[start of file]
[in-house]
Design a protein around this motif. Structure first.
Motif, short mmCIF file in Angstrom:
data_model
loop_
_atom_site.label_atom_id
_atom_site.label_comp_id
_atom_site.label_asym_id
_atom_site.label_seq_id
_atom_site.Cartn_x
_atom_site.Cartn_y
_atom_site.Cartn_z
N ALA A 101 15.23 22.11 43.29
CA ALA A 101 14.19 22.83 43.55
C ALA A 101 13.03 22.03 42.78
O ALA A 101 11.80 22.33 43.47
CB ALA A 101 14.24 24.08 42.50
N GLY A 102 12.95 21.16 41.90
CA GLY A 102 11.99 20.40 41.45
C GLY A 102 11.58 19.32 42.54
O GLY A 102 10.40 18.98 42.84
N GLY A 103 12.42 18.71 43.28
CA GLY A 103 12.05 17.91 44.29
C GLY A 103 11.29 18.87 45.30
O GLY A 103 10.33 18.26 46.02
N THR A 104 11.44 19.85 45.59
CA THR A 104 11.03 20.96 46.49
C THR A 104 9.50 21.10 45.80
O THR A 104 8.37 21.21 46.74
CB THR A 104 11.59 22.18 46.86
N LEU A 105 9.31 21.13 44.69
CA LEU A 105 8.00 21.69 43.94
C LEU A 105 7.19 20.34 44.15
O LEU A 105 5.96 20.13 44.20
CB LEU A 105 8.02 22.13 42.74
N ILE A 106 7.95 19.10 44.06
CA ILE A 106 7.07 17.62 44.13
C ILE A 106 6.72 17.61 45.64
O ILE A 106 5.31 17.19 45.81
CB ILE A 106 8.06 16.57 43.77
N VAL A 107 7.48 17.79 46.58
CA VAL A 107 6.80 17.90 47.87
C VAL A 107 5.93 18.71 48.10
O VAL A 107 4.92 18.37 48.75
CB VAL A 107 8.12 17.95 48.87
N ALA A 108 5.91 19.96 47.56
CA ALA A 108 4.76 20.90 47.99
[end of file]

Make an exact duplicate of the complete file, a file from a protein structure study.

[in-house]
Design a protein around this motif. Structure first.
Motif, short mmCIF file in Angstrom:
data_model
loop_
_atom_site.label_atom_id
_atom_site.label_comp_id
_atom_site.label_asym_id
_atom_site.label_seq_id
_atom_site.Cartn_x
_atom_site.Cartn_y
_atom_site.Cartn_z
N ALA A 101 15.23 22.11 43.29
CA ALA A 101 14.19 22.83 43.55
C ALA A 101 13.03 22.03 42.78
O ALA A 101 11.80 22.33 43.47
CB ALA A 101 14.24 24.08 42.50
N GLY A 102 12.95 21.16 41.90
CA GLY A 102 11.99 20.40 41.45
C GLY A 102 11.58 19.32 42.54
O GLY A 102 10.40 18.98 42.84
N GLY A 103 12.42 18.71 43.28
CA GLY A 103 12.05 17.91 44.29
C GLY A 103 11.29 18.87 45.30
O GLY A 103 10.33 18.26 46.02
N THR A 104 11.44 19.85 45.59
CA THR A 104 11.03 20.96 46.49
C THR A 104 9.50 21.10 45.80
O THR A 104 8.37 21.21 46.74
CB THR A 104 11.59 22.18 46.86
N LEU A 105 9.31 21.13 44.69
CA LEU A 105 8.00 21.69 43.94
C LEU A 105 7.19 20.34 44.15
O LEU A 105 5.96 20.13 44.20
CB LEU A 105 8.02 22.13 42.74
N ILE A 106 7.95 19.10 44.06
CA ILE A 106 7.07 17.62 44.13
C ILE A 106 6.72 17.61 45.64
O ILE A 106 5.31 17.19 45.81
CB ILE A 106 8.06 16.57 43.77
N VAL A 107 7.48 17.79 46.58
CA VAL A 107 6.80 17.90 47.87
C VAL A 107 5.93 18.71 48.10
O VAL A 107 4.92 18.37 48.75
CB VAL A 107 8.12 17.95 48.87
N ALA A 108 5.91 19.96 47.56
CA ALA A 108 4.76 20.90 47.99